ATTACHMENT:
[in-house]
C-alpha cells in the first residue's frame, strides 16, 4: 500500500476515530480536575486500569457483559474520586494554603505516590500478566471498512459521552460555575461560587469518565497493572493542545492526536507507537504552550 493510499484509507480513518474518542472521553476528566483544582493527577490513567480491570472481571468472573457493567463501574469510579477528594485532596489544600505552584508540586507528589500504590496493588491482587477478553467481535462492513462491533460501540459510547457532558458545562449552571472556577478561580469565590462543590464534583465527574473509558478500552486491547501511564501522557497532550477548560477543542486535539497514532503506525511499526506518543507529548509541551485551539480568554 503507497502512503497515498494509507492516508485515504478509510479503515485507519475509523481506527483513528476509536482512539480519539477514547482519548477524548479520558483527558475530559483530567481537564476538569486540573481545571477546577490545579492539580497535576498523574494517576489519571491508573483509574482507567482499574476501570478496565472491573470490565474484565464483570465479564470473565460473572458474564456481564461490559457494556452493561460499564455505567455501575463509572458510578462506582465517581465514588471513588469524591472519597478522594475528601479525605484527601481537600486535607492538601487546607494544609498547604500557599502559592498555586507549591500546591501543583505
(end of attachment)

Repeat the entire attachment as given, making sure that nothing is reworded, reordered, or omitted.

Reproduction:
[in-house]
C-alpha cells in the first residue's frame, strides 16, 4: 500500500476515530480536575486500569457483559474520586494554603505516590500478566471498512459521552460555575461560587469518565497493572493542545492526536507507537504552550 493510499484509507480513518474518542472521553476528566483544582493527577490513567480491570472481571468472573457493567463501574469510579477528594485532596489544600505552584508540586507528589500504590496493588491482587477478553467481535462492513462491533460501540459510547457532558458545562449552571472556577478561580469565590462543590464534583465527574473509558478500552486491547501511564501522557497532550477548560477543542486535539497514532503506525511499526506518543507529548509541551485551539480568554 503507497502512503497515498494509507492516508485515504478509510479503515485507519475509523481506527483513528476509536482512539480519539477514547482519548477524548479520558483527558475530559483530567481537564476538569486540573481545571477546577490545579492539580497535576498523574494517576489519571491508573483509574482507567482499574476501570478496565472491573470490565474484565464483570465479564470473565460473572458474564456481564461490559457494556452493561460499564455505567455501575463509572458510578462506582465517581465514588471513588469524591472519597478522594475528601479525605484527601481537600486535607492538601487546607494544609498547604500557599502559592498555586507549591500546591501543583505